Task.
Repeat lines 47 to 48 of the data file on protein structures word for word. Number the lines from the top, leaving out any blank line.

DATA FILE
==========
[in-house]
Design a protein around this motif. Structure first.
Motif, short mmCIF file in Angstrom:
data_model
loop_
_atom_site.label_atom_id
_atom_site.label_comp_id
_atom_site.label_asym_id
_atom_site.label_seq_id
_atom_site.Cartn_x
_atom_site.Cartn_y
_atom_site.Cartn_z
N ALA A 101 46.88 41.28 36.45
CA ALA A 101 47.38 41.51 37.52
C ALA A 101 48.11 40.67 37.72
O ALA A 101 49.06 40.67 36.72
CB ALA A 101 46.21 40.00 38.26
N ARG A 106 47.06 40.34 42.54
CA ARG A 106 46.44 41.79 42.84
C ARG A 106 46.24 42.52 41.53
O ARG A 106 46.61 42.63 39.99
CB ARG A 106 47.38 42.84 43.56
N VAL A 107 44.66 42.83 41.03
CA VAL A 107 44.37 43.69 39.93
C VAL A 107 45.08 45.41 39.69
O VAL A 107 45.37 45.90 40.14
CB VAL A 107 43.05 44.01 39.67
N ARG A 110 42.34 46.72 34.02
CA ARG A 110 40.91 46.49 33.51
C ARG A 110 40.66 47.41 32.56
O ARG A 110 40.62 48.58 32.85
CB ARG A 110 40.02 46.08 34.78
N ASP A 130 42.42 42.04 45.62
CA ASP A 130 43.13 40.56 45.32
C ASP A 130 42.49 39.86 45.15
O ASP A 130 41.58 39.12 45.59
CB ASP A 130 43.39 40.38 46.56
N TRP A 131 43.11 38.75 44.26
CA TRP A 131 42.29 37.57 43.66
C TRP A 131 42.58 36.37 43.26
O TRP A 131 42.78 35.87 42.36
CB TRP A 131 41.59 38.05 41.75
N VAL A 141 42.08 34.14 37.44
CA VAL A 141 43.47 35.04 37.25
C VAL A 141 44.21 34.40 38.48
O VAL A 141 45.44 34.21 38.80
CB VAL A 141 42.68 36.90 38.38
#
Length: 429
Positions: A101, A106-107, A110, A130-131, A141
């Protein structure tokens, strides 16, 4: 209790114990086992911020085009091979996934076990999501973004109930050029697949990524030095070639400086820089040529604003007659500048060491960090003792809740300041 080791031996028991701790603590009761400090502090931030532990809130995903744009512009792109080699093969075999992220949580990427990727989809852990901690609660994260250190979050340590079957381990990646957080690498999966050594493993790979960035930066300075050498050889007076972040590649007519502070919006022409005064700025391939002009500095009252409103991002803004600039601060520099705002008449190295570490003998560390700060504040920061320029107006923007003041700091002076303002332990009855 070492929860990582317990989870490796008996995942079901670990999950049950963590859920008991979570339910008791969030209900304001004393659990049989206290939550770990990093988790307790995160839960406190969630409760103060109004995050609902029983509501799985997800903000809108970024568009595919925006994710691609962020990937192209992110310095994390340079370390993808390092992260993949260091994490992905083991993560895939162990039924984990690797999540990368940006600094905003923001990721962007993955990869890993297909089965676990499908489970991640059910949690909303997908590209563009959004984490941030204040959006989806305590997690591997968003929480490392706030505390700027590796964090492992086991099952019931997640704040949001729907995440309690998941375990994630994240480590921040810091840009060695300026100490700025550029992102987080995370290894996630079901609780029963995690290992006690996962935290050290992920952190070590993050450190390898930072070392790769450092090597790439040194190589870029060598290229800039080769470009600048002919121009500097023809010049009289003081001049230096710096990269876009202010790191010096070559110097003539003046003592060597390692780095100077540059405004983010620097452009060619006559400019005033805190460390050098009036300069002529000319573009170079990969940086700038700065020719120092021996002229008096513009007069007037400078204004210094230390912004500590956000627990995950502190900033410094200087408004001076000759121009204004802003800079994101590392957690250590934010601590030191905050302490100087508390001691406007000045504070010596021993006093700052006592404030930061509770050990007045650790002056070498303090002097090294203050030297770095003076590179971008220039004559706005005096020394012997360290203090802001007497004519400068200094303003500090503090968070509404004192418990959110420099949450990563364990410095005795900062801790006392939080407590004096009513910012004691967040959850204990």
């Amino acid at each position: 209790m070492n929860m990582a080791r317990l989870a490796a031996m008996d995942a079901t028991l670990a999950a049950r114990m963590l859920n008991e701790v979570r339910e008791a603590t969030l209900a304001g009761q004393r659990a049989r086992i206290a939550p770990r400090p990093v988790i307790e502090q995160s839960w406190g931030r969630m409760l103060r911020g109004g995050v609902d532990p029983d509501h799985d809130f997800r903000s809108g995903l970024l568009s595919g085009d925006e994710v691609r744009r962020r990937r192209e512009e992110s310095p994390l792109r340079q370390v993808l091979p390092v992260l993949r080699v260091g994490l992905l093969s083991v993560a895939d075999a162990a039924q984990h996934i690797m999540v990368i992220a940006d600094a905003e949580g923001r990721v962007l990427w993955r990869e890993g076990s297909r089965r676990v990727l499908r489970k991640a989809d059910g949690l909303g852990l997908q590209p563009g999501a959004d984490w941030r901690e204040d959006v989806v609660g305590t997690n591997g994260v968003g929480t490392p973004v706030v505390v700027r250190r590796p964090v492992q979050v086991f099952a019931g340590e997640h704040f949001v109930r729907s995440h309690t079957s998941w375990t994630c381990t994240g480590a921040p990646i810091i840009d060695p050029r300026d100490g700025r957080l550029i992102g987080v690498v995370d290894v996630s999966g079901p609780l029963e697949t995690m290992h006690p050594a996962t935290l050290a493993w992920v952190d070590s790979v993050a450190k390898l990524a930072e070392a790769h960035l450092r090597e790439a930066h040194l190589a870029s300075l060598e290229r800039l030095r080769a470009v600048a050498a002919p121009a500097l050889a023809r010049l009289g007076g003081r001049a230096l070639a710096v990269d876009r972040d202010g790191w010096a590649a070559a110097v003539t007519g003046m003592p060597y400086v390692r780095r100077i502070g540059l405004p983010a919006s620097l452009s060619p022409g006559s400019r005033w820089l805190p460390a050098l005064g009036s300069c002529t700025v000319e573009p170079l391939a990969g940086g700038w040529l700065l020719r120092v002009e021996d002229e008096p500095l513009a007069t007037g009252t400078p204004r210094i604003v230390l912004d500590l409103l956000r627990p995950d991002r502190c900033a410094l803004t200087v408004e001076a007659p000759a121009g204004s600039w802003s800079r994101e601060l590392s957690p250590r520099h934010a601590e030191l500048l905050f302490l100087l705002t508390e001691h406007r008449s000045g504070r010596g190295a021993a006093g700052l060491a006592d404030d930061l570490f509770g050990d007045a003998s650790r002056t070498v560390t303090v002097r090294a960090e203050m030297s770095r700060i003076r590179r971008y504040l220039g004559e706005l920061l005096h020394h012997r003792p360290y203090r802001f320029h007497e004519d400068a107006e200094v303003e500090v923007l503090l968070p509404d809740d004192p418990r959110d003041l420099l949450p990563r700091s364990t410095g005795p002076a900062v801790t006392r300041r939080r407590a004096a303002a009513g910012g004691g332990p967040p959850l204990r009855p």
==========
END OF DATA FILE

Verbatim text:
CB VAL A 141 42.68 36.90 38.38
#